ATLANTA -- When Kailani Anderson was instructed to enter the Crawford W. Long Middle School gymnasium Tuesday afternoon, she didn't know what to expect. She didn't know there were two former Braves players waiting to talk to her, along with the rest of the selected students who were invited in for a 70-minute chat. She didn't know they were going to help her think about how best to achieve her goals.
Anderson is a sixth-grader at Long, but she already knows where she's headed in life. She wants to be an entrepreneur, and after asking Doug Shipman, the CEO for the Center for Civil and Human Rights -- and the moderator of Tuesday's panel at the school -- about how to make that happen, she now has a plan how to get there.
"I have a much better idea than when I first came here," said Anderson, who was so impressive in her question-asking that Shipman pulled her aside after the discussion to give her his business card. "They really helped. When I asked them my questions, I was listening very attentively to what they said. It was an honor having them here."
At the event, part of the lead-up to the May 15 Civil Rights Game at Turner Field, Shipman was the one asking most of the questions to his panel.
She asked Terry Harper (a seven-year veteran who played for the Braves, Pirates and Tigers from 1980-87) about his experiences while dealing with racism. He questioned Otis Nixon (former Braves outfielder who played 17 years for nine teams and is 16th on all the all-time stolen bases list) about his role models growing up in Evergreen, N.C. He wanted Freddie Seymour (the head of the Minor League Operations department for MLB) and Braves partner services coordinator Aman Milner to describe how they landed their jobs.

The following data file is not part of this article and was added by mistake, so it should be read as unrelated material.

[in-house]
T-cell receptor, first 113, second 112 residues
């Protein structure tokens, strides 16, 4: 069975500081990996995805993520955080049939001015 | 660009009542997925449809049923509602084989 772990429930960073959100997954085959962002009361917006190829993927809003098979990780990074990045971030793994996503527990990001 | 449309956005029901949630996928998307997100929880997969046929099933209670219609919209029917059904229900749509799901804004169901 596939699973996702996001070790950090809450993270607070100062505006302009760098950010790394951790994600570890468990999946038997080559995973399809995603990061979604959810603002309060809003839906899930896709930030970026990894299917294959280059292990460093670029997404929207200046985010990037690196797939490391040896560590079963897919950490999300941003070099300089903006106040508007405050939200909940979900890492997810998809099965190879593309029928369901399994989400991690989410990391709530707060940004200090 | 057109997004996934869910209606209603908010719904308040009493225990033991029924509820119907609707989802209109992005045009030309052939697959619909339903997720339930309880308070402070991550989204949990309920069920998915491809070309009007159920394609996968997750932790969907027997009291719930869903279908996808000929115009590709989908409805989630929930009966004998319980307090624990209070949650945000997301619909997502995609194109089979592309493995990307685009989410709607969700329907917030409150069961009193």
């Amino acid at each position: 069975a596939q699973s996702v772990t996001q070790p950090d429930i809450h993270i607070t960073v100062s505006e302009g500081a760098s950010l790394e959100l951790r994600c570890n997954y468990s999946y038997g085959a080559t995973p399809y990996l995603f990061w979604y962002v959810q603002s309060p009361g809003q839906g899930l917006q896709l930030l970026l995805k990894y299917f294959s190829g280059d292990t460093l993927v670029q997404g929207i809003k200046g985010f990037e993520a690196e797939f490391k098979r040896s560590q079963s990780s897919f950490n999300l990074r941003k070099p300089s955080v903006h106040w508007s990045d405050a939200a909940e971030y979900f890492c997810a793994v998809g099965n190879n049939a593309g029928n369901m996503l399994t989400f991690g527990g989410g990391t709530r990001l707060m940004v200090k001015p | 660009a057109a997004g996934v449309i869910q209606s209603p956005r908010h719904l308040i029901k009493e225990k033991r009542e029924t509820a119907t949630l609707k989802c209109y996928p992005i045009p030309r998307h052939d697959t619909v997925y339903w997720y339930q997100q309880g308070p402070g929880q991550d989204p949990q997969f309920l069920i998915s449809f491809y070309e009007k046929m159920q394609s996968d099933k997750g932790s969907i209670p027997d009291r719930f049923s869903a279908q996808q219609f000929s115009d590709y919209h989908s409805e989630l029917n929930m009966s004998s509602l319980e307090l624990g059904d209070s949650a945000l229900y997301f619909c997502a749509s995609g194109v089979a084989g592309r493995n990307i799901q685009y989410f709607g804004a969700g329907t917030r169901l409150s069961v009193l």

Most of all, the panelists wanted to give a little hope, to point out the lit pathway that can lead to success, to help somebody like Anderson land the job of her dreams 10-15 years down the road.
"You have to give back," said Nixon, who helps his wife, recording artist minister Candi Staton, mentor people in all phases of life and who also authored the book, "Keeping It Real."
"This might be the opportunity when you can reach a kid. These kids might be going left to right, and they might want to go straight ahead. You might say something to them -- whether it's a boy or a girl -- to help them achieve the kinds of goals they want to do in life."
Nixon and Harper also lent a little perspective.
Harper began playing pro ball in 1973 -- the same time that Harper's hero, Hank Aaron, was receiving racist hate mail during his chase of Babe Ruth's home run record. On Tuesday, he told stories of seeing the white hoods of KKK members when he went to practice in Greenwood, S.C., and how the Braves organization had to rent a house for the 14 black and Latino players who were on the rookie-league team in Wytheville, W.Va., because nobody else in town would rent homes to those players.
"There was a lot of hate," Harper said. "But there was also a lot of good."
Harper mostly has good memories today. And why not? While growing up in Douglasville, Ga., his biggest goal was to work the fields of his family farm just like his dad. Now, he tries to inspire through the memories of his former pro career.
"As an ex-professional like myself, I work with kids and do several programs that can help develop an inner-city kid," Harper said. "The kids have talent, but they're not given the fundamentals when they're young. That's the biggest thing."
When Nixon looked around the packed bleachers Tuesday, he could see himself in the faces of the young teenagers who stared back at him. He could remember how badly he wanted to be inspired when he was in middle school.
"I wanted somebody to come out to my school," Nixon said. "Nobody ever came. I said to myself that if I ever got the opportunity, I was going to give back. Maybe [these students] will go and give back, too. One of these kids is going to be successful, if not more of them -- I guarantee you -- and they're going to know that this meant a lot to them. They'll give back in the same way."
Josh Katzowitz is a contributor to MLB.com.